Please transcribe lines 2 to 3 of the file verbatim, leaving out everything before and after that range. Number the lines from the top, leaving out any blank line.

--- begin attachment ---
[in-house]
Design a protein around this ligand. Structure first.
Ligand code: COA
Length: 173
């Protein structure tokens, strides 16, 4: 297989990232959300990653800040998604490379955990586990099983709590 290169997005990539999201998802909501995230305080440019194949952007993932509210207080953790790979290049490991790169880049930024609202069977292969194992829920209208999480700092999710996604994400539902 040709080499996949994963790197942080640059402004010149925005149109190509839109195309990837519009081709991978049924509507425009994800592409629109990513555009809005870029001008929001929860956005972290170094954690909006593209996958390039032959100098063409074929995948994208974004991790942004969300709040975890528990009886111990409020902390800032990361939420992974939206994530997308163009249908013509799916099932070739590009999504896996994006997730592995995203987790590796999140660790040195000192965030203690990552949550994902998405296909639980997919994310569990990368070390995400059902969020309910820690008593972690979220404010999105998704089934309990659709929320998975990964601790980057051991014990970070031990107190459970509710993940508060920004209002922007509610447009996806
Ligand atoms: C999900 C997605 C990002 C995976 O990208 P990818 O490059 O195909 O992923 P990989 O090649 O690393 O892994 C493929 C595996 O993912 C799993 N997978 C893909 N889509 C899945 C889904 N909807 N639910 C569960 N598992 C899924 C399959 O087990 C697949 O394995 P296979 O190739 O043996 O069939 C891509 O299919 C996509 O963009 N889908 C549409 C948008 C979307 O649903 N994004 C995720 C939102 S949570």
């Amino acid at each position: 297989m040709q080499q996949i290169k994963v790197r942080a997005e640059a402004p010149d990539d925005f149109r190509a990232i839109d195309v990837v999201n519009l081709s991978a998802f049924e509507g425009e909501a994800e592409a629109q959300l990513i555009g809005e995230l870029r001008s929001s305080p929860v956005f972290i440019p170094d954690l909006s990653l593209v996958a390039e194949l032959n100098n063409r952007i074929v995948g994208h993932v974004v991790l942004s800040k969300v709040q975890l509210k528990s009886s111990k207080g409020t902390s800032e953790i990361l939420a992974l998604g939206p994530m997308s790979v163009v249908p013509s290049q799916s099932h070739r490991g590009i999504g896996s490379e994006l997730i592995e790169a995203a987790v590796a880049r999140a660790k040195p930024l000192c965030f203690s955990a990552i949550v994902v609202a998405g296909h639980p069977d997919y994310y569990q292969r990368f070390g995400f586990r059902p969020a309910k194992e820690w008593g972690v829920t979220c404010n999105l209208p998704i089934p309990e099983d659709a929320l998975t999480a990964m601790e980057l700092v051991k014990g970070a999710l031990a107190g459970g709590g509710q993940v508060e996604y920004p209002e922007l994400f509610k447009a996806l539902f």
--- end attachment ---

Design a protein around this ligand. Structure first.
Ligand code: COA